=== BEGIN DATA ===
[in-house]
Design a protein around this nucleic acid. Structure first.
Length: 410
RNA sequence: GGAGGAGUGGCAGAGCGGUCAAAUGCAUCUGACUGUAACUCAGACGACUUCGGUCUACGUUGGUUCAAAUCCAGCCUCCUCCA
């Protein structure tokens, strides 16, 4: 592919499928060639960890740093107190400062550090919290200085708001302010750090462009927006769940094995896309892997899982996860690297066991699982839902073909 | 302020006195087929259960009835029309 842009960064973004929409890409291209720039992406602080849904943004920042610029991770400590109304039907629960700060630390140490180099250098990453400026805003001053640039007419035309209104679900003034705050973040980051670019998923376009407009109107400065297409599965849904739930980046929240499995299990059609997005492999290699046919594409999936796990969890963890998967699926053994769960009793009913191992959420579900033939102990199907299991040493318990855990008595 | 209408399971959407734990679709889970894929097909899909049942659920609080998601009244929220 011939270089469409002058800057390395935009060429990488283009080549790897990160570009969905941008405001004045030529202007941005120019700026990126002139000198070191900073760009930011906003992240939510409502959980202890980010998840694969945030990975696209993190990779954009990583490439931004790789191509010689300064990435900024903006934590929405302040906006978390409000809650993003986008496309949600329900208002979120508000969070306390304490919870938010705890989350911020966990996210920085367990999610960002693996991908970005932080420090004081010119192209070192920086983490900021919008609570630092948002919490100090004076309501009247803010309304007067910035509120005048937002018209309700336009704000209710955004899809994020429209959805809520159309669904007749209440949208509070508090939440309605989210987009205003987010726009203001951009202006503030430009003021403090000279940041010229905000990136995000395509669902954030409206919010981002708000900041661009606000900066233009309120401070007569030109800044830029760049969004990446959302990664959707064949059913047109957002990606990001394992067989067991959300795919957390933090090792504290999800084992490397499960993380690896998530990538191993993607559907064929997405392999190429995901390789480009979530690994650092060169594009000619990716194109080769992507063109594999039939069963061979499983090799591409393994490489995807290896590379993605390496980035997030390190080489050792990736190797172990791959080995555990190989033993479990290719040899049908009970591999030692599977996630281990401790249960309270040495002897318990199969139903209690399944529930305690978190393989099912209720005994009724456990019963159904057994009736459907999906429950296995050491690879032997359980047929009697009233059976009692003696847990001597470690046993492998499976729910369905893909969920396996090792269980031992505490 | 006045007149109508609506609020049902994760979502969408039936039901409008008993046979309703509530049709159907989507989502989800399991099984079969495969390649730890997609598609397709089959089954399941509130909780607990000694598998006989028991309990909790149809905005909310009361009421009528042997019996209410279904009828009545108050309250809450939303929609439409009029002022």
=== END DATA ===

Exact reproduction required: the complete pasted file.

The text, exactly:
[in-house]
Design a protein around this nucleic acid. Structure first.
Length: 410
RNA sequence: GGAGGAGUGGCAGAGCGGUCAAAUGCAUCUGACUGUAACUCAGACGACUUCGGUCUACGUUGGUUCAAAUCCAGCCUCCUCCA
């Protein structure tokens, strides 16, 4: 592919499928060639960890740093107190400062550090919290200085708001302010750090462009927006769940094995896309892997899982996860690297066991699982839902073909 | 302020006195087929259960009835029309 842009960064973004929409890409291209720039992406602080849904943004920042610029991770400590109304039907629960700060630390140490180099250098990453400026805003001053640039007419035309209104679900003034705050973040980051670019998923376009407009109107400065297409599965849904739930980046929240499995299990059609997005492999290699046919594409999936796990969890963890998967699926053994769960009793009913191992959420579900033939102990199907299991040493318990855990008595 | 209408399971959407734990679709889970894929097909899909049942659920609080998601009244929220 011939270089469409002058800057390395935009060429990488283009080549790897990160570009969905941008405001004045030529202007941005120019700026990126002139000198070191900073760009930011906003992240939510409502959980202890980010998840694969945030990975696209993190990779954009990583490439931004790789191509010689300064990435900024903006934590929405302040906006978390409000809650993003986008496309949600329900208002979120508000969070306390304490919870938010705890989350911020966990996210920085367990999610960002693996991908970005932080420090004081010119192209070192920086983490900021919008609570630092948002919490100090004076309501009247803010309304007067910035509120005048937002018209309700336009704000209710955004899809994020429209959805809520159309669904007749209440949208509070508090939440309605989210987009205003987010726009203001951009202006503030430009003021403090000279940041010229905000990136995000395509669902954030409206919010981002708000900041661009606000900066233009309120401070007569030109800044830029760049969004990446959302990664959707064949059913047109957002990606990001394992067989067991959300795919957390933090090792504290999800084992490397499960993380690896998530990538191993993607559907064929997405392999190429995901390789480009979530690994650092060169594009000619990716194109080769992507063109594999039939069963061979499983090799591409393994490489995807290896590379993605390496980035997030390190080489050792990736190797172990791959080995555990190989033993479990290719040899049908009970591999030692599977996630281990401790249960309270040495002897318990199969139903209690399944529930305690978190393989099912209720005994009724456990019963159904057994009736459907999906429950296995050491690879032997359980047929009697009233059976009692003696847990001597470690046993492998499976729910369905893909969920396996090792269980031992505490 | 006045007149109508609506609020049902994760979502969408039936039901409008008993046979309703509530049709159907989507989502989800399991099984079969495969390649730890997609598609397709089959089954399941509130909780607990000694598998006989028991309990909790149809905005909310009361009421009528042997019996209410279904009828009545108050309250809450939303929609439409009029002022």